Thursday, July 31, 2014

Review: "Life As We Knew It" by Susan Beth Pfeffer

When the asteroid collision shifted the moon's orbit, Miranda thought it was no big deal. But the very next day, her mother pulls her out of school to hoard all the food they can carry out of the supermarket. Miranda thinks she is overreacting. Things can't be that bad--can they?

Instead of cute boys and test scores, she begins to worry about what they will do when the fuel runs out, or what has happened to her father, out of touch with satellites down and electrical power unavailable. Day by day, her world becomes emptier, hungrier, and smaller. The world she knew is gone forever.

The end of the world is not a single moment, but a lifetime... one which may be very short after all.

  3.5 out of 5 stars
(grump + breakdown below the cut)

Review: "Cinder" by Marissa Meyer

Linh Cinder may be the best mechanic in New Beijing, but that fact brings her no happiness. First, all of her wages--and everything else she owns--belong to her stepmother. Secondly, if the reason for Cinder's technological genius got out, she would be taken away with all the other cyborgs.

Cinder's cyborg nature becomes a hidden blessing. She is immune to the plague which ravages the rest of New Beijing, from the slums and junkyards all the way to the royal palace where the Emperor lies dying. In his stead, Prince Kai tries to find a cure for the plague while keeping the devious Lunar Queen at bay. He finds an unlikely ally in Cinder. But can his trust in her be returned?

2 out of 5 stars
(grump + breakdown below the cut)

Monday, July 14, 2014

Review: "The Goblin Emperor" by Katherine Addison

When the emperor and his chosen heirs are killed in a fatal airship accident, the elven crown falls to the last person anyone considered: his youngest, least-favored son, raised in exile and all but forgotten by the court.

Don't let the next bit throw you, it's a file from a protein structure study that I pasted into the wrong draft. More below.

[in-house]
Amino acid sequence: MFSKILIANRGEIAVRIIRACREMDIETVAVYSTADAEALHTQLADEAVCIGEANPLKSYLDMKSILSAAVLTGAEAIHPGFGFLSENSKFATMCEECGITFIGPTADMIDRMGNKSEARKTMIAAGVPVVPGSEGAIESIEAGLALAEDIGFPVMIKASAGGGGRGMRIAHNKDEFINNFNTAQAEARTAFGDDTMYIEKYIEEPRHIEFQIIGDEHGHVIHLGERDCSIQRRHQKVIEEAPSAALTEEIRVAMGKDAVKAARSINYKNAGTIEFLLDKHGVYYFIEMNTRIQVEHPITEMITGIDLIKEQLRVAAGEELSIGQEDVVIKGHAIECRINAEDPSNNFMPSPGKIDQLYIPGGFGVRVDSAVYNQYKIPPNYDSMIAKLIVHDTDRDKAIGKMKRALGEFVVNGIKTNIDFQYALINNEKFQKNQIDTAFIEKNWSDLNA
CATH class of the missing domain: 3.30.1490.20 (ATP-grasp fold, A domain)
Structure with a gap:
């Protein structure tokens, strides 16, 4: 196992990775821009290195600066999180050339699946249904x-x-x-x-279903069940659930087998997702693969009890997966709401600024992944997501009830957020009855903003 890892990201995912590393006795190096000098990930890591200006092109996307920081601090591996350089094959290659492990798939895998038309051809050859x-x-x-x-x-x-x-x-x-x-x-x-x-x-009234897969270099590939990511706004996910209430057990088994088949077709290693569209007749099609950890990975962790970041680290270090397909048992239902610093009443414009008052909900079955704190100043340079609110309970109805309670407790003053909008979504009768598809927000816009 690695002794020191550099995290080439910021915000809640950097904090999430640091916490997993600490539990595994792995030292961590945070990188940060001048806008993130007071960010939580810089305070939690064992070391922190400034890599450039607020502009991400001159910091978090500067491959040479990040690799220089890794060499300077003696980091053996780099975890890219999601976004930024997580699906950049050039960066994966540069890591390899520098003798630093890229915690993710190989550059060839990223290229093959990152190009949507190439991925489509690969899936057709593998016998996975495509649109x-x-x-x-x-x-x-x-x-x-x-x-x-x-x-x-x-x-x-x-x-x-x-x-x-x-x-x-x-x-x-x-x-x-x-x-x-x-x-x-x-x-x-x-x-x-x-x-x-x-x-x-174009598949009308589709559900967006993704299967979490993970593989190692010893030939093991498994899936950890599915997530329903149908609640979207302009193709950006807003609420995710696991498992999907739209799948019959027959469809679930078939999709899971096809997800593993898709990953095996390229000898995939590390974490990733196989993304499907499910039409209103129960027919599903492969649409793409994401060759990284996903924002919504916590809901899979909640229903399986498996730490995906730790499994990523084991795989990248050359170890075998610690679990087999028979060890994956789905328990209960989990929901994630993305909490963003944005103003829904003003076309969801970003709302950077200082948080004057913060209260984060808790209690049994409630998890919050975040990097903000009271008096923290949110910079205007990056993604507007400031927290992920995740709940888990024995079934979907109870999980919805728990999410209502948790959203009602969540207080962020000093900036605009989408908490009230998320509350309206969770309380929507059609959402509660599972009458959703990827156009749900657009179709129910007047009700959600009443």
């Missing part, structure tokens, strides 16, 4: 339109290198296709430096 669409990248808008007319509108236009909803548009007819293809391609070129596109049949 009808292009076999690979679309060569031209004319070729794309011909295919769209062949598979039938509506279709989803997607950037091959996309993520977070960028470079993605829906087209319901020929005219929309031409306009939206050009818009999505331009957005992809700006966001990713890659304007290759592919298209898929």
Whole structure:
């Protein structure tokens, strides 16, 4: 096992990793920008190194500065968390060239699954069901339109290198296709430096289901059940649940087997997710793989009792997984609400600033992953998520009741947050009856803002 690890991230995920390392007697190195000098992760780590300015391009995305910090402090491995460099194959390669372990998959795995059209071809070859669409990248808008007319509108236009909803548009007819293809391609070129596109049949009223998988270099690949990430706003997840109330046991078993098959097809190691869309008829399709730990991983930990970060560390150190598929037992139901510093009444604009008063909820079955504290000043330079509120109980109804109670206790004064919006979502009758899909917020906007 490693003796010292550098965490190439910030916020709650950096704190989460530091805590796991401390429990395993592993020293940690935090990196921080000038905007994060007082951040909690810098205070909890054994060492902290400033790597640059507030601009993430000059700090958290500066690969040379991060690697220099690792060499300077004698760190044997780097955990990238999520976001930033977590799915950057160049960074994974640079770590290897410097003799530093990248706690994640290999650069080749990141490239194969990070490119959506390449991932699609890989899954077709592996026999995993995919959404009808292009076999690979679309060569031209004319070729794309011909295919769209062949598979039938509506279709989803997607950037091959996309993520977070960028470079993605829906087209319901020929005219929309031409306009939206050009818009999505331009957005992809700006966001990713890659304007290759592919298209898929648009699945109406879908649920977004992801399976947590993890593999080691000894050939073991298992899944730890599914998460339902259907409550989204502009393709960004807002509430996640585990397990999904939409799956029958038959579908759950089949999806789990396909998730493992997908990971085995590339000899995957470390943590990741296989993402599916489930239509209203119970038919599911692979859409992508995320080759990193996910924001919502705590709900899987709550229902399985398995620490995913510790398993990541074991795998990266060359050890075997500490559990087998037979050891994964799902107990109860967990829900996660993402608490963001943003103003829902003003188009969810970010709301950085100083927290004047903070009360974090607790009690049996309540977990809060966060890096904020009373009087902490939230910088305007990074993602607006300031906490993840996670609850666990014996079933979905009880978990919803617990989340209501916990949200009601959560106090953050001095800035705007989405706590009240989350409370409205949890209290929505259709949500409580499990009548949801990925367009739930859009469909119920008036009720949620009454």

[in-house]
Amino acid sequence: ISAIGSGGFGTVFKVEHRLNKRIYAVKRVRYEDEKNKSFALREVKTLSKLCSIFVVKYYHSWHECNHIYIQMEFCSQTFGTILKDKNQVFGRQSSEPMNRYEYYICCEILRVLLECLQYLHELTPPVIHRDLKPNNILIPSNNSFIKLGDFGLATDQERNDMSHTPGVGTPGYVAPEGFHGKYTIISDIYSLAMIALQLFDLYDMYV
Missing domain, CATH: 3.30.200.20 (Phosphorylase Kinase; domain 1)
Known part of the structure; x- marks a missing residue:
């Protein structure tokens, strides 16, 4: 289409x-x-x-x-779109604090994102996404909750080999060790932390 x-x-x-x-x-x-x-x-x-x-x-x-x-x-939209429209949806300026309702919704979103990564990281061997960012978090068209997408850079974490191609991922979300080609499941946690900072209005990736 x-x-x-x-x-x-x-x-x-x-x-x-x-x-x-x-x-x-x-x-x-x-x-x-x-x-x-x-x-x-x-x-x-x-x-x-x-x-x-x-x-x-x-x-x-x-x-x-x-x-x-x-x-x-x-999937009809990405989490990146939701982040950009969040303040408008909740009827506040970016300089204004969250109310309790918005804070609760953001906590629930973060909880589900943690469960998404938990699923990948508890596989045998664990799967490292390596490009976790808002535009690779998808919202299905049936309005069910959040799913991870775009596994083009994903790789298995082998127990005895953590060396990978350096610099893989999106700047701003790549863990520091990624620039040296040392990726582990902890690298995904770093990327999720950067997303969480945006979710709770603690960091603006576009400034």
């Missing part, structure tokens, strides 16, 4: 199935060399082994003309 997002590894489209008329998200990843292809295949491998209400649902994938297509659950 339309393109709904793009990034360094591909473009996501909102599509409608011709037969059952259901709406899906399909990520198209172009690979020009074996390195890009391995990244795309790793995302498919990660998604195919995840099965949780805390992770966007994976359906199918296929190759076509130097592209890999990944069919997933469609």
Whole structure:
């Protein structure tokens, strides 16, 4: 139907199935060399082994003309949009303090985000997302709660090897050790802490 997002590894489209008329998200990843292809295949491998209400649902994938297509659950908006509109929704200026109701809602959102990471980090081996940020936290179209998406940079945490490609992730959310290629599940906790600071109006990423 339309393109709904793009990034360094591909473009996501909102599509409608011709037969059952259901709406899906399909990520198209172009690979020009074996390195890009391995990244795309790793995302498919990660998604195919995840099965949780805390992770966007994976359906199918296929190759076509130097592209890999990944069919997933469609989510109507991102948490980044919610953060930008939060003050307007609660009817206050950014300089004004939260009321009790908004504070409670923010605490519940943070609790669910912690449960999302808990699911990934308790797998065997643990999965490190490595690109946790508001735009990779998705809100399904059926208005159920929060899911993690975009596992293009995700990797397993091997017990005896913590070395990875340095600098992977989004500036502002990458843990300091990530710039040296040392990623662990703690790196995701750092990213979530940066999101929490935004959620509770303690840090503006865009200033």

In the blink of an eye, half-goblin Maia becomes the Emperor Edrehasivar VII. He would be the first to agree that he has no allies, no proper training, and a rather short life expectancy.

But when there are only two paths open to him--to be emperor, or to be dead--Maia chooses to repair the devastation of his father's legacy, and to leave his own.

And for all his lack of polish, Maia is no fool--and no stranger to living in a den of vipers. Those who expect Maia to be a simple puppet to be manipulated and replaced have a nasty surprise in store.

  4.9 out of 5 stars
(grump + breakdown below the cut)

Monday, July 7, 2014

DIY Audiobooks By Yours Truly!

In a few posts now, I've mentioned that I enjoy reading aloud to my roommate, who has great taste in stories, but reads at the pace of an actual snail. We've kicked around the idea of recording these readalouds for other people to listen to while they're going about their day. Now it's happening!

In time, I'd like to work up to reading whole books, but I've started small...ish. (Who knew that a simple 10-page story could turn into a 30-minute recording? Not me, that's for sure.)

These recordings were meant to be heard, rather than watched; there's not much to look at, just your resident book grump turning pages. I hope they're fun to listen to, though. I'd love to hear your comments (and suggestions on how to improve the recording quality.)


The first recording I did was "Stronger Than Time," a short story by Patricia C. Wrede from her collection Book of Enchantments. I don't like this recording as much now that I've done the others--the "voice" of the story is rather flat and dry, where the other two have a much more lively narration that's fun to read (and act out a bit)--but it's still a lovely, eerie story that plays off the fairy tale of Sleeping Beauty.

I'm more proud of this next one: "Barrens Dance" by Peter S. Beagle, from the anthology Wizards (which I highly recommend, by the by.) This is an original tale about a fantasy frontier's troubles with the local wizard, and his attempts to woo a monster trainer away from her husband. If you must watch a video, rather than listen, I recommend this one.

And if neither of these stories sound like your taste, try Patricia McKillip's "Lady of the Skulls" from the anthology The Secret History of Fantasy. This is another original short story with a heavy Arthurian feel, about an enchanted tower and its guardian. The legends say that the one who chooses the most precious treasure in the tower will win it all, but those who choose wrongly will die on the spot.

Happy listening!